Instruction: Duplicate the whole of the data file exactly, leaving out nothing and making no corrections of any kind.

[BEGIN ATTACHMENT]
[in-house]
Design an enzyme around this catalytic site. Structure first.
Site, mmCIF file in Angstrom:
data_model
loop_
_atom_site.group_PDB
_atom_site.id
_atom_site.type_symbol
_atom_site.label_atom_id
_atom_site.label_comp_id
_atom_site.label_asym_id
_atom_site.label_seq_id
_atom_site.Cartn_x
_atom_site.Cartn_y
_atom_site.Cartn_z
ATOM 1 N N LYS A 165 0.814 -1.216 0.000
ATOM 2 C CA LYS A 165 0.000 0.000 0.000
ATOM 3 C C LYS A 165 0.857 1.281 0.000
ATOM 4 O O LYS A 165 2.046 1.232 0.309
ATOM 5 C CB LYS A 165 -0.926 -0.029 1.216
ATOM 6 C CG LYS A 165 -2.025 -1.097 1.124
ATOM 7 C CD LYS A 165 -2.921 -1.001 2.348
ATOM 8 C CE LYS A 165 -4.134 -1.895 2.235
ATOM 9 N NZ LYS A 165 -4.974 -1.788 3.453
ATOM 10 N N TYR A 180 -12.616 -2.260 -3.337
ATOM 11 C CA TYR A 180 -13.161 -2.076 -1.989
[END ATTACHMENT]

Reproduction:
[in-house]
Design an enzyme around this catalytic site. Structure first.
Site, mmCIF file in Angstrom:
data_model
loop_
_atom_site.group_PDB
_atom_site.id
_atom_site.type_symbol
_atom_site.label_atom_id
_atom_site.label_comp_id
_atom_site.label_asym_id
_atom_site.label_seq_id
_atom_site.Cartn_x
_atom_site.Cartn_y
_atom_site.Cartn_z
ATOM 1 N N LYS A 165 0.814 -1.216 0.000
ATOM 2 C CA LYS A 165 0.000 0.000 0.000
ATOM 3 C C LYS A 165 0.857 1.281 0.000
ATOM 4 O O LYS A 165 2.046 1.232 0.309
ATOM 5 C CB LYS A 165 -0.926 -0.029 1.216
ATOM 6 C CG LYS A 165 -2.025 -1.097 1.124
ATOM 7 C CD LYS A 165 -2.921 -1.001 2.348
ATOM 8 C CE LYS A 165 -4.134 -1.895 2.235
ATOM 9 N NZ LYS A 165 -4.974 -1.788 3.453
ATOM 10 N N TYR A 180 -12.616 -2.260 -3.337
ATOM 11 C CA TYR A 180 -13.161 -2.076 -1.989